Real Police Reform Needed Now

By Peta Richkus. You might think, with a single law that applies to all 142 law enforcement agencies in Maryland (LEOBR: the Law Enforcement Officers’ Bill of Rights), there would be uniformity in policing. You would be wrong. The only thing that is uniform is the lack of oversight and accountability. Because of LEOBR, those police officers who do violate their oath to “protect and … Continue reading Real Police Reform Needed Now

Hogan Wrong About Conducting November Election

By Peta Richkus. After the recommendation of the bi-partisan Board of Elections, as well as that of the Maryland Association of Election Officials, I really expected Gov. Hogan to go with the suggested hybrid election, which seemed to address all concerns: public health, capacity, security, efficiency. But no. Hogan is choosing instead to increase the dollar cost and the confusion, and to encourage more people … Continue reading Hogan Wrong About Conducting November Election

State Retirees’ Rx Drug Benefit Redux

By Peta Richkus. Older retirees from State service remain in a hellacious limbo about their futures. Thanks only to a federal court injunction, and the handful of employees and their attorney who filed for it (Thank you, Ken Fitch, Deborah Heim, Mary Frye, and Deborah Holloway Hill, Esq.), Medicare-eligible State retirees continue to receive their prescription drug benefit. But for how long? Unfortunately, many legislators, … Continue reading State Retirees’ Rx Drug Benefit Redux

Pimlico A Poor Use for Funding

By Corey Johns. I love sports – I was a sportswriter for years, even owning my own sports news website covering all local events. Covering the Preakness was always a true highlight of the year. The Preakness means so much to Baltimore, and the tradition of 149 years in Baltimore is just truly remarkable. After negotiations to try to keep the Preakness in Baltimore at … Continue reading Pimlico A Poor Use for Funding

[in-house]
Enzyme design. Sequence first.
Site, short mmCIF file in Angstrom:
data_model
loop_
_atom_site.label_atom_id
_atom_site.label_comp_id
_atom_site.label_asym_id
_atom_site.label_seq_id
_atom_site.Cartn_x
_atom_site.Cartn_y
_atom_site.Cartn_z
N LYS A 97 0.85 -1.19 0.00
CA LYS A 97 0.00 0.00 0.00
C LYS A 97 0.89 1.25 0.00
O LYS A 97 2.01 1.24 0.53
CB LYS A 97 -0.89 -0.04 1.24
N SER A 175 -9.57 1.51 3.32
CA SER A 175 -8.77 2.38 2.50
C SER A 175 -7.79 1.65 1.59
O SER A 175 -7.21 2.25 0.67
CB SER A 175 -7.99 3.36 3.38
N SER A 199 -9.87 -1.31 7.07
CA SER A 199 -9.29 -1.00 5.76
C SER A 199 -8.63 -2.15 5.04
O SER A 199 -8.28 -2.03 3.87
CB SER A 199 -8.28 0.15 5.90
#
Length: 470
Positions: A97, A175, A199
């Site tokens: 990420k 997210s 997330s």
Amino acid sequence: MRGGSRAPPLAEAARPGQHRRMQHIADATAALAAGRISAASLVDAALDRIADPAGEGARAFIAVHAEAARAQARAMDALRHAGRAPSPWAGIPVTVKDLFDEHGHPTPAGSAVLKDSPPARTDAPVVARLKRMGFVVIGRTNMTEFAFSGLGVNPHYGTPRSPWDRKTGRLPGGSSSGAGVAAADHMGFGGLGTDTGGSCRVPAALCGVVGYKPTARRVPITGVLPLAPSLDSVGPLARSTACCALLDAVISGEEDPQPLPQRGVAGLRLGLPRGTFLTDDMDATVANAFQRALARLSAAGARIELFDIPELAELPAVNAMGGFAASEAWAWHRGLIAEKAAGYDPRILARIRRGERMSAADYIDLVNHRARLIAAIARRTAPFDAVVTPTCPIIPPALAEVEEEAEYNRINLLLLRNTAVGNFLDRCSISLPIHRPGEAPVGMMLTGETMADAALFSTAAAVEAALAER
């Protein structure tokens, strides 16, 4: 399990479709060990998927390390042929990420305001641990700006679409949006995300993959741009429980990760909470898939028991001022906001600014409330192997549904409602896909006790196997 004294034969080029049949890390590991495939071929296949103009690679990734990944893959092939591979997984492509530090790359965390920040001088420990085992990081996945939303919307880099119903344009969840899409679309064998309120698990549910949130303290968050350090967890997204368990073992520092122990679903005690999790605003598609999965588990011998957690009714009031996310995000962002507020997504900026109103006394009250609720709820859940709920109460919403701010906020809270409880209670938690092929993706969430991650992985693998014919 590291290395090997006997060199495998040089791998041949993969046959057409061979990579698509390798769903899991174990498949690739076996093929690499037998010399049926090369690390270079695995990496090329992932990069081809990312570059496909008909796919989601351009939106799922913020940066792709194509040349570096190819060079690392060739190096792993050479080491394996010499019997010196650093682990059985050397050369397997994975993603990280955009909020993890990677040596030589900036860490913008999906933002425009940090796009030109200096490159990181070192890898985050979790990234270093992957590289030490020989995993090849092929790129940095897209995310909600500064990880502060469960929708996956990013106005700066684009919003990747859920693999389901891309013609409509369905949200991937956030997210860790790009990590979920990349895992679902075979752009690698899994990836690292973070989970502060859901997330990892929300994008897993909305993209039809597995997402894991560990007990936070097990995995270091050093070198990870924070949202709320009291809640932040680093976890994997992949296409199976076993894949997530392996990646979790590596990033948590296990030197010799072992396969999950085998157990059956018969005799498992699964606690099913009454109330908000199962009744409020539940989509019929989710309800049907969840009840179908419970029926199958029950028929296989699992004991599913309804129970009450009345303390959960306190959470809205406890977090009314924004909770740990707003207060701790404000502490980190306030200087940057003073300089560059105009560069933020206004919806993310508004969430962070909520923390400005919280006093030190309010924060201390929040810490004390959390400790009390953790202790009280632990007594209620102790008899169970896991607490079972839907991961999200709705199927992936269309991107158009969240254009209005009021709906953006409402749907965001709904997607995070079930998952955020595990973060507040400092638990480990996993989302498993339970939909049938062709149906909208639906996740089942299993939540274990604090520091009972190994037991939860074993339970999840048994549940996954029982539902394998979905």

A Chance to Reduce Crime: An Open Letter to Councilman Marks

By Fergal Mullally. On Tuesday, January 21st, Baltimore County Council will vote on the SAFE Act. If passed, the SAFE Act will require gun retailers in Baltimore County to make reasonable efforts to properly secure their stock of weapons. Legislation about guns is always controversial, and sends people to running to their ideological corners. But I urge you to consider this legislation from outside of … Continue reading A Chance to Reduce Crime: An Open Letter to Councilman Marks

Maryland Overdue on Vulnerable Adults Protections

By Corey Johns. Baltimore County is seeing an increase in the populations of both the elderly and adults with autism. Both groups would fall into the category of vulnerable adults, but under state law, there are no protections against emotional abuse for vulnerable adults like there are for juveniles. District 42B delegate Michele Guyton introduced a bill to the House in the last session to … Continue reading Maryland Overdue on Vulnerable Adults Protections

Time to get rid of a relic of Baltimore County’s checkered past

By David Plymyer. Anyone unfamiliar with the extensive history of corruption in Baltimore County should read  Eyes of Justice, the recently published book by James Cabezas, a long-time investigator for the Maryland State Prosecutor. Baltimore County’s quadrennial “Comprehensive Zoning Map Process” (CZMP) is a throwback to that checkered past, when government actions like zoning changes were bought and sold. The CZMP must be replaced with … Continue reading Time to get rid of a relic of Baltimore County’s checkered past

Private School Bond Vote Should be Postponed

By Fergal Mullaly. As a resident of Towson, and the parent of two students attending Baltimore County Public Schools, I was concerned to learn about Resolution 145-19 introduced at the Council Work Session last Tuesday. Briefly, this bill would grant the ability to McDonogh School, a private fee-paying institution, to issue a 16 million dollar tax free bond (see page 9 of the Notes to … Continue reading Private School Bond Vote Should be Postponed

Scrutiny Required for County Attorney Nominee

By David Plymyer. The appointment of James R. Benjamin, Jr. by Baltimore County Executive Johnny Olszewski to be the new County Attorney is subject to confirmation by an affirmative vote of at least four of the seven members of the County Council. If fewer than four members vote in favor of confirmation the appointment is rejected. The council has scheduled a public hearing on the … Continue reading Scrutiny Required for County Attorney Nominee

Home Act Hearing Reveals Landlords Already Discriminating

By Forward Baltimore Editors. Our post from Corey Johns listed and debunked some of the myths that abound about the Home Act. At the Baltimore County Council work session this past Tuesday, we noticed an error in some testimony that we thought required addressing, as well. It was stated that landlords would have to install ramps for tenants if this bill passes, which would put … Continue reading Home Act Hearing Reveals Landlords Already Discriminating